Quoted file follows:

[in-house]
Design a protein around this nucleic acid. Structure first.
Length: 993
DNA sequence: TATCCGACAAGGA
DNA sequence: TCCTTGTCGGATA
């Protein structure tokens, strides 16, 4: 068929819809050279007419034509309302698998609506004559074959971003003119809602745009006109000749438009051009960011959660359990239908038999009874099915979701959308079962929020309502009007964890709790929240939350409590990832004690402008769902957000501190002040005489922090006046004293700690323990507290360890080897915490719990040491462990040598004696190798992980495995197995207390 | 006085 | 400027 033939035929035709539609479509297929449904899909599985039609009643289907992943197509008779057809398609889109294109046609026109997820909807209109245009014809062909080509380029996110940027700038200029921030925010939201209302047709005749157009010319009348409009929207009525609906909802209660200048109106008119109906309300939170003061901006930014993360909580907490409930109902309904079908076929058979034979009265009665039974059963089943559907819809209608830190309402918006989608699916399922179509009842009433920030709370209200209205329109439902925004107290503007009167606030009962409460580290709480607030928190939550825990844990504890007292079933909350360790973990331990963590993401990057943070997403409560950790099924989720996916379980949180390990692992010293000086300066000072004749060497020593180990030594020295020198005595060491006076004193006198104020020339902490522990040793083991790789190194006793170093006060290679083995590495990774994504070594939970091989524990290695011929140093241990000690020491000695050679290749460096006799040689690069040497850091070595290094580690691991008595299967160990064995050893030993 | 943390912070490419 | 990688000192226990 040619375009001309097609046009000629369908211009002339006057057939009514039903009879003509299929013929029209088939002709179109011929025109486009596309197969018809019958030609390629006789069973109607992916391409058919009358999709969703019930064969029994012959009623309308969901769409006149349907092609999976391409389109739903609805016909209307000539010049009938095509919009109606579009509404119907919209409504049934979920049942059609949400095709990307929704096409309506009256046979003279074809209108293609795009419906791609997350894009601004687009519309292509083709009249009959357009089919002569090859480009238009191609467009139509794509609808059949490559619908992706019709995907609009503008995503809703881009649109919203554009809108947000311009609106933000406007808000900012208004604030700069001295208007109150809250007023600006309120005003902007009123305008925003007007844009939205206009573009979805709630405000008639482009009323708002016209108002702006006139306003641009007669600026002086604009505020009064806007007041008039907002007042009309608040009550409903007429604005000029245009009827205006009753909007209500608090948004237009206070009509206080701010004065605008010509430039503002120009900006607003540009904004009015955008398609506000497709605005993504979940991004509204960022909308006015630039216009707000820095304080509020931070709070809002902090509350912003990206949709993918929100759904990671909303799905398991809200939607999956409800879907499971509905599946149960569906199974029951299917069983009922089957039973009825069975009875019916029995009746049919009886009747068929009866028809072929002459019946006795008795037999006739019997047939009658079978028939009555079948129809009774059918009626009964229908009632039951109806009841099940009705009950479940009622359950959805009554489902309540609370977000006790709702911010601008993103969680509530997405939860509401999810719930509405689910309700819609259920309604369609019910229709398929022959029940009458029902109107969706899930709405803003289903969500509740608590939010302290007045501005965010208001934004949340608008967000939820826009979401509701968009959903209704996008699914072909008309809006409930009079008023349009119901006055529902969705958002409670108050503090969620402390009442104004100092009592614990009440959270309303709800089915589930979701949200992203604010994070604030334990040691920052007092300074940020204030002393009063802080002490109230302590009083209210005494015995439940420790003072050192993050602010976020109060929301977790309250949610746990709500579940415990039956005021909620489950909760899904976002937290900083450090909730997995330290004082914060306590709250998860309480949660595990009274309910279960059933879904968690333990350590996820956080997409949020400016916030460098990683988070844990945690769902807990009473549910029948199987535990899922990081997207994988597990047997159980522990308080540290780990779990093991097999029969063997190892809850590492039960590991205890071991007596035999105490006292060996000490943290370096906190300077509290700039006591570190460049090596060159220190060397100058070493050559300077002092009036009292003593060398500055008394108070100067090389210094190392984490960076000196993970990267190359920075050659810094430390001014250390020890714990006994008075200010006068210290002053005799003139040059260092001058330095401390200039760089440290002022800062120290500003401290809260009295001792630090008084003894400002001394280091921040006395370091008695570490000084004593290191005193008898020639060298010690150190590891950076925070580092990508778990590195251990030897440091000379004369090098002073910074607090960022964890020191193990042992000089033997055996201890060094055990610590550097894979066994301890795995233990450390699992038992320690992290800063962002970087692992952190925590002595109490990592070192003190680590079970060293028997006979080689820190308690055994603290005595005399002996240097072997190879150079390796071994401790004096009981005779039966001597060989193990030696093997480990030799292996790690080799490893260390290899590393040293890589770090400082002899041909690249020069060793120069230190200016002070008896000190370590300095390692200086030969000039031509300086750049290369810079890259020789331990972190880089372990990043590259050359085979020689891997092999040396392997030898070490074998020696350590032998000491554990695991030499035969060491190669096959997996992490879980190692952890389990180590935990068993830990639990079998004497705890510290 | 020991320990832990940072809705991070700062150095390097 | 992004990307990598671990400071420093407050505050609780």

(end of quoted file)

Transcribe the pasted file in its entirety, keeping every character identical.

[in-house]
Design a protein around this nucleic acid. Structure first.
Length: 993
DNA sequence: TATCCGACAAGGA
DNA sequence: TCCTTGTCGGATA
């Protein structure tokens, strides 16, 4: 068929819809050279007419034509309302698998609506004559074959971003003119809602745009006109000749438009051009960011959660359990239908038999009874099915979701959308079962929020309502009007964890709790929240939350409590990832004690402008769902957000501190002040005489922090006046004293700690323990507290360890080897915490719990040491462990040598004696190798992980495995197995207390 | 006085 | 400027 033939035929035709539609479509297929449904899909599985039609009643289907992943197509008779057809398609889109294109046609026109997820909807209109245009014809062909080509380029996110940027700038200029921030925010939201209302047709005749157009010319009348409009929207009525609906909802209660200048109106008119109906309300939170003061901006930014993360909580907490409930109902309904079908076929058979034979009265009665039974059963089943559907819809209608830190309402918006989608699916399922179509009842009433920030709370209200209205329109439902925004107290503007009167606030009962409460580290709480607030928190939550825990844990504890007292079933909350360790973990331990963590993401990057943070997403409560950790099924989720996916379980949180390990692992010293000086300066000072004749060497020593180990030594020295020198005595060491006076004193006198104020020339902490522990040793083991790789190194006793170093006060290679083995590495990774994504070594939970091989524990290695011929140093241990000690020491000695050679290749460096006799040689690069040497850091070595290094580690691991008595299967160990064995050893030993 | 943390912070490419 | 990688000192226990 040619375009001309097609046009000629369908211009002339006057057939009514039903009879003509299929013929029209088939002709179109011929025109486009596309197969018809019958030609390629006789069973109607992916391409058919009358999709969703019930064969029994012959009623309308969901769409006149349907092609999976391409389109739903609805016909209307000539010049009938095509919009109606579009509404119907919209409504049934979920049942059609949400095709990307929704096409309506009256046979003279074809209108293609795009419906791609997350894009601004687009519309292509083709009249009959357009089919002569090859480009238009191609467009139509794509609808059949490559619908992706019709995907609009503008995503809703881009649109919203554009809108947000311009609106933000406007808000900012208004604030700069001295208007109150809250007023600006309120005003902007009123305008925003007007844009939205206009573009979805709630405000008639482009009323708002016209108002702006006139306003641009007669600026002086604009505020009064806007007041008039907002007042009309608040009550409903007429604005000029245009009827205006009753909007209500608090948004237009206070009509206080701010004065605008010509430039503002120009900006607003540009904004009015955008398609506000497709605005993504979940991004509204960022909308006015630039216009707000820095304080509020931070709070809002902090509350912003990206949709993918929100759904990671909303799905398991809200939607999956409800879907499971509905599946149960569906199974029951299917069983009922089957039973009825069975009875019916029995009746049919009886009747068929009866028809072929002459019946006795008795037999006739019997047939009658079978028939009555079948129809009774059918009626009964229908009632039951109806009841099940009705009950479940009622359950959805009554489902309540609370977000006790709702911010601008993103969680509530997405939860509401999810719930509405689910309700819609259920309604369609019910229709398929022959029940009458029902109107969706899930709405803003289903969500509740608590939010302290007045501005965010208001934004949340608008967000939820826009979401509701968009959903209704996008699914072909008309809006409930009079008023349009119901006055529902969705958002409670108050503090969620402390009442104004100092009592614990009440959270309303709800089915589930979701949200992203604010994070604030334990040691920052007092300074940020204030002393009063802080002490109230302590009083209210005494015995439940420790003072050192993050602010976020109060929301977790309250949610746990709500579940415990039956005021909620489950909760899904976002937290900083450090909730997995330290004082914060306590709250998860309480949660595990009274309910279960059933879904968690333990350590996820956080997409949020400016916030460098990683988070844990945690769902807990009473549910029948199987535990899922990081997207994988597990047997159980522990308080540290780990779990093991097999029969063997190892809850590492039960590991205890071991007596035999105490006292060996000490943290370096906190300077509290700039006591570190460049090596060159220190060397100058070493050559300077002092009036009292003593060398500055008394108070100067090389210094190392984490960076000196993970990267190359920075050659810094430390001014250390020890714990006994008075200010006068210290002053005799003139040059260092001058330095401390200039760089440290002022800062120290500003401290809260009295001792630090008084003894400002001394280091921040006395370091008695570490000084004593290191005193008898020639060298010690150190590891950076925070580092990508778990590195251990030897440091000379004369090098002073910074607090960022964890020191193990042992000089033997055996201890060094055990610590550097894979066994301890795995233990450390699992038992320690992290800063962002970087692992952190925590002595109490990592070192003190680590079970060293028997006979080689820190308690055994603290005595005399002996240097072997190879150079390796071994401790004096009981005779039966001597060989193990030696093997480990030799292996790690080799490893260390290899590393040293890589770090400082002899041909690249020069060793120069230190200016002070008896000190370590300095390692200086030969000039031509300086750049290369810079890259020789331990972190880089372990990043590259050359085979020689891997092999040396392997030898070490074998020696350590032998000491554990695991030499035969060491190669096959997996992490879980190692952890389990180590935990068993830990639990079998004497705890510290 | 020991320990832990940072809705991070700062150095390097 | 992004990307990598671990400071420093407050505050609780």